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Welcome to this week's Factor Five Five Factor Preview for South Florida at West Virginia. The matchup between to Big East Powers--er, teams comes to you this week from Morgantown, West Virginia, a town what will be described thusly by the Boys Club announcing team assigned to this game. 

Craig James: WOOO, those people are fired up! Kind of like how fired up I am that Tommy Tuberville has my son exactly zero catches on the year at Texas Tech despite throwing it around the yard like an epileptic pancake flipper! 

Jesse Palmer: The atmosphere is eclectic here! 

Rece Davis: /dresses up as couch 

                       /waddles to local corner 

                       /douses self in gasoline 

The agony of watching Rece Davis cork forks, pad corners with foam covers, and cover the electrical plugs in the booth with James and Palmer will be mitigated by the generally passable nature of this matchup. As always, we base our call on five categories: nebulous stats, mascot, aura, names, and grudges. Enjoy? Enjoy. 

CATEGORY ONE: Nebulous Statistical Comparisons of Dubious Validity.

South Florida stands at 3-2 in Skip Holtz's first year, but as with many teams in the first half of the season the win column is deep in junk bonds and uninspected trash commodities like SUNY-Stony Brook and FAU. (Forgive us, Schnelly.) Defensively they're 18th in the nation in total defense, disrupt the passing game with sound coverages, and can get a nice pass rush on when they feel like it. They've also played Syracuse and Florida as their big litmus tests, so also know that the challenges they've faced on defense have been somewhat easier than others.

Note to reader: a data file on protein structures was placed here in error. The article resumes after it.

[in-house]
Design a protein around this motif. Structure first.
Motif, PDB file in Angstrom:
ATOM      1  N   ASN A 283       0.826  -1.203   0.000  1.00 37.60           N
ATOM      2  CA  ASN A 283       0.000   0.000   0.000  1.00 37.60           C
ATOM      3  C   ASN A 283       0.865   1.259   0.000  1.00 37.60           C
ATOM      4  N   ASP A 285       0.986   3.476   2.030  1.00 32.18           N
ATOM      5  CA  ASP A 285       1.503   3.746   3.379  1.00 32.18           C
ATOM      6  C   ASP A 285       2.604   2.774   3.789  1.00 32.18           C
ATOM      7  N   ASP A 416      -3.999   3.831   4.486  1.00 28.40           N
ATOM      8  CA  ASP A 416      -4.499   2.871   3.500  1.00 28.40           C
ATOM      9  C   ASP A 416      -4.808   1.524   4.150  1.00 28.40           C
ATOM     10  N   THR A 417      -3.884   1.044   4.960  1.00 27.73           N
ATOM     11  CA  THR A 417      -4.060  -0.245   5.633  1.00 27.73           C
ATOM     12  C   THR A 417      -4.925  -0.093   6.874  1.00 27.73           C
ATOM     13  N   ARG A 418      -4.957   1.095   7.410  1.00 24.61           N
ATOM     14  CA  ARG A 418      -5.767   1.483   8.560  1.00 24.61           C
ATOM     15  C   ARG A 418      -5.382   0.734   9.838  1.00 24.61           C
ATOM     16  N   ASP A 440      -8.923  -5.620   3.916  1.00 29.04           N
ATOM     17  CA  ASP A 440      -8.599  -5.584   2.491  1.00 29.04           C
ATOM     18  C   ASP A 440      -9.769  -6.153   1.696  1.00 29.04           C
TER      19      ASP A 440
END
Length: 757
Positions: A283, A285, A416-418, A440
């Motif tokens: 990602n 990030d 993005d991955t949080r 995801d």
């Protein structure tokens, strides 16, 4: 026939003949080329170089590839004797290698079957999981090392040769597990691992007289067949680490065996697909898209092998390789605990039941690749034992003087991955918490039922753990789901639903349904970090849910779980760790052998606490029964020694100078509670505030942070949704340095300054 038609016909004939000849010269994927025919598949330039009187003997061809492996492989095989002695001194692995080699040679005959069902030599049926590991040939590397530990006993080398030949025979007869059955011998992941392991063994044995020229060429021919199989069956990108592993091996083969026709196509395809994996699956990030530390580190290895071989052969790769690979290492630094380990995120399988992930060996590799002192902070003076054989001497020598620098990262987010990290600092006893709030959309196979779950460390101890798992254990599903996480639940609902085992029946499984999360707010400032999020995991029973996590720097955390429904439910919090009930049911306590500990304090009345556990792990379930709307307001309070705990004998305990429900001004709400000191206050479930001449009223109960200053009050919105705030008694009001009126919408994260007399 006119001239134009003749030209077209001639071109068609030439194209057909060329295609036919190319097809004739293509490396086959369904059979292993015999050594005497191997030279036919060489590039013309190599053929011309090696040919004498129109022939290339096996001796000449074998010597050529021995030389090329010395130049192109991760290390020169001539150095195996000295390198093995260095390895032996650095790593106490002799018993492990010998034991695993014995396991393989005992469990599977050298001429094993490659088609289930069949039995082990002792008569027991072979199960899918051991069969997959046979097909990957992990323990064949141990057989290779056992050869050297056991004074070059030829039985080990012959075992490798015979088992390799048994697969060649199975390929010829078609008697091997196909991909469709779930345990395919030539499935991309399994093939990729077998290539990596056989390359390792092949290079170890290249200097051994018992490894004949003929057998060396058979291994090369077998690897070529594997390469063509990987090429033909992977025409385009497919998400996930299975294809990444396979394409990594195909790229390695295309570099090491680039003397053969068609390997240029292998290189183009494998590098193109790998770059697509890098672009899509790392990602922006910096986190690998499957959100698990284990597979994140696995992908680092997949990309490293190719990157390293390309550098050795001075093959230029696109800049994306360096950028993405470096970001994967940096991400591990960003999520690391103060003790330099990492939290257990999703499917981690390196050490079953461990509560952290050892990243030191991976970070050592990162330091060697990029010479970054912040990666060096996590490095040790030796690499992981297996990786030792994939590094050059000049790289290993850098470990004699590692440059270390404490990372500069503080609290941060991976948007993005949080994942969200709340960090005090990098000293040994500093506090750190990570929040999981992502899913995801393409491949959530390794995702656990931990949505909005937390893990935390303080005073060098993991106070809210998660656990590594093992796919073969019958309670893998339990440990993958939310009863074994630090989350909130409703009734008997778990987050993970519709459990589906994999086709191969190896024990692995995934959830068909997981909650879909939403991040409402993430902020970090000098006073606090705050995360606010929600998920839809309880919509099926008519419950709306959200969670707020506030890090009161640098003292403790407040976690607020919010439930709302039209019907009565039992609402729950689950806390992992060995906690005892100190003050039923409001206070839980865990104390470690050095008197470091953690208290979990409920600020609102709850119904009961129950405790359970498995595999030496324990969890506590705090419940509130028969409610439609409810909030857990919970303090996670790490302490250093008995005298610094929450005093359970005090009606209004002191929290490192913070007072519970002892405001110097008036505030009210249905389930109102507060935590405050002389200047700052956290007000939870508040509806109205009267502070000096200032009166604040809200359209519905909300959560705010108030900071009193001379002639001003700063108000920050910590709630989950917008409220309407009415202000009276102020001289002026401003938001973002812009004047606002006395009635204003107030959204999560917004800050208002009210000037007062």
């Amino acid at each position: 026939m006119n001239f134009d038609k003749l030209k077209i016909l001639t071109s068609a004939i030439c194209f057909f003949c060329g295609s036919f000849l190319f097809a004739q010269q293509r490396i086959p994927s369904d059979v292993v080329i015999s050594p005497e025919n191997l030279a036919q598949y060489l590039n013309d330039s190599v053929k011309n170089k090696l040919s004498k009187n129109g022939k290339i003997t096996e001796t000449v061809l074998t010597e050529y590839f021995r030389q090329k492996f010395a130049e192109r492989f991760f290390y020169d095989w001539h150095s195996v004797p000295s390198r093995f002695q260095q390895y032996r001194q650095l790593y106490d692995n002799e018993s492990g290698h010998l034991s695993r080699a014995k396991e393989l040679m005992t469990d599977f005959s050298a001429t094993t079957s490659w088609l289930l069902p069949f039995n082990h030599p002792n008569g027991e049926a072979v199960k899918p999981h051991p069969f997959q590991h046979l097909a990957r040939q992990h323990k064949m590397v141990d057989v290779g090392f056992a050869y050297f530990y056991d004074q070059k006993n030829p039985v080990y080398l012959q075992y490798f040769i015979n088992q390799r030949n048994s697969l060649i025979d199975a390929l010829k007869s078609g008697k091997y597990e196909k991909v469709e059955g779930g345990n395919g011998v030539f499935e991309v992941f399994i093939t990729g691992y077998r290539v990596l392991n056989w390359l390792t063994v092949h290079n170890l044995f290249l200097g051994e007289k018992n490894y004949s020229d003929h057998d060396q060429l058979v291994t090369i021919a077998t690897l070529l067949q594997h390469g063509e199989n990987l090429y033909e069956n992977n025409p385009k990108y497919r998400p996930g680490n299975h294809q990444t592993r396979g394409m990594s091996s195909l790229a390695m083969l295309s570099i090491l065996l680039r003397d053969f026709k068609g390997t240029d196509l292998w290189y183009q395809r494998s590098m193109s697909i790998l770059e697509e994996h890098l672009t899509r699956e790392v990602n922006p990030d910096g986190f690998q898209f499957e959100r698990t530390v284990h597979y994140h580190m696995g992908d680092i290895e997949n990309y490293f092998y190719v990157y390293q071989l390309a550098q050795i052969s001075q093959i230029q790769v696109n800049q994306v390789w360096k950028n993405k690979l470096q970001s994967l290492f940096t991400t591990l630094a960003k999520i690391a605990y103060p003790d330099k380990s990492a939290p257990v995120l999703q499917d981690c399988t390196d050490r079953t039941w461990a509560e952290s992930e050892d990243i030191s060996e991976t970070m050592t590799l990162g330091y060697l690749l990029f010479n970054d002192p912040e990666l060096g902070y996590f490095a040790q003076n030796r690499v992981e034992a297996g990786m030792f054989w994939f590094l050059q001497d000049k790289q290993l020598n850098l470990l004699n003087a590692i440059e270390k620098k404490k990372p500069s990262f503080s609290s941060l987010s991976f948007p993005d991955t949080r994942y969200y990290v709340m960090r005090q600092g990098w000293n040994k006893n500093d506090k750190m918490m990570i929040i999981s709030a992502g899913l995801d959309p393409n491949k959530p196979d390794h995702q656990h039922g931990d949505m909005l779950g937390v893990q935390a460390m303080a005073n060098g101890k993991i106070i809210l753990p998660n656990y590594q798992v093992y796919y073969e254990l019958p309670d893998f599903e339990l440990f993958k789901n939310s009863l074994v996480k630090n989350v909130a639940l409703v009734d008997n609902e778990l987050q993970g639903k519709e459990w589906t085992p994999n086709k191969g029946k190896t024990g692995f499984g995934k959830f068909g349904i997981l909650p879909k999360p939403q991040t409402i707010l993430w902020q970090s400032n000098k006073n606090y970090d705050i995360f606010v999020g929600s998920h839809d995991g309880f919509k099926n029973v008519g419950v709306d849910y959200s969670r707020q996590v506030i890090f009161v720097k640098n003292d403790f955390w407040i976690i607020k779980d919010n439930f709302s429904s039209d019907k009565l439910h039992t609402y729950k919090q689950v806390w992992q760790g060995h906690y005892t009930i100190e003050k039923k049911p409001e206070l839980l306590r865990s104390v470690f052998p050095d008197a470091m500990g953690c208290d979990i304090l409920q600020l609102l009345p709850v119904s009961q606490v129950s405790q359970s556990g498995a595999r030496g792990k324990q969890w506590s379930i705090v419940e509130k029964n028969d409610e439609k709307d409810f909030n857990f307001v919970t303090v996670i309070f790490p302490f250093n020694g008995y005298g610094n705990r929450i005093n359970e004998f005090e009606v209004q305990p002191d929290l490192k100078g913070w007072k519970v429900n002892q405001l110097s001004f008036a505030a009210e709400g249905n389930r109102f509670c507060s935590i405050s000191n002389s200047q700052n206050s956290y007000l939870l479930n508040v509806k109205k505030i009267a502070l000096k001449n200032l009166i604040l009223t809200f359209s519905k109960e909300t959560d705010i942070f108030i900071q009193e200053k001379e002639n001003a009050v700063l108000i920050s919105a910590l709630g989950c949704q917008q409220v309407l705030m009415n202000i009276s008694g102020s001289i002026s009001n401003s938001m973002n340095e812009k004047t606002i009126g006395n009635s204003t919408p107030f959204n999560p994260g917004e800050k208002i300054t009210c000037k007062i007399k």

In the Florida game, the heat and the size of Florida's line wore them down, two factors that will not be in play in Morgantown unless the whiskey vapor ignites. In that case, the explosion and resulting crater will be more important than any of our petty considerations of sport. The crater will be named "The Robert Byrd Memorial Crater and Toll Road," by the way, because this is West Virginia and that is what things get named there. 

South Florida's passing offense has been crapulent. with BJ Daniels regressing from Grothe 2.0 last year to a pick-prone mess in a staggeringly short period of time. Daniels' line last week against Syracuse in a 13-9 defeat: 9/23, 0 TDs and 2 INTs, and 124 yards passing total. That's about where he is right now, so USF is leaning hard on the run game and platooning running backs Moise Plancher and Demetris Murray to some effect.  In sum: scoring is not their strong suit. 

West Virginia's offense isn't blowing up any scoreboards anytime soon, but there are some bright spots despite the offensive line's tendency to block with only four men and turn the fifth loose in order to dance entertaining jigs for the crowd's amusement. Geno Smith, a first-year starter, has been efficient (19th in the nation), intelligent (only two picks,) and most importantly durable, taking a beating in the come-from-behind victory over Marshall and living through the LSU pass rush.  

Noel Devine has been dinged, a term people like to use for "injured, but still so staggeringly talented he's good at 60% of playing capacity." Jock Sanders, Devine's doppelganger in the receiving corps, has been doing some running and pass-catching, while Tavon Austin manages to slide into the receiving rotation and be productive without violating the rule that West Virginia wide receivers stand under the height of 6'0".  The playcalling is random, but this is to be expected as offensive coordinator Jeff Mullen is a huge fan of the "Ask Corso" feature on the NCAA franchise of college football games.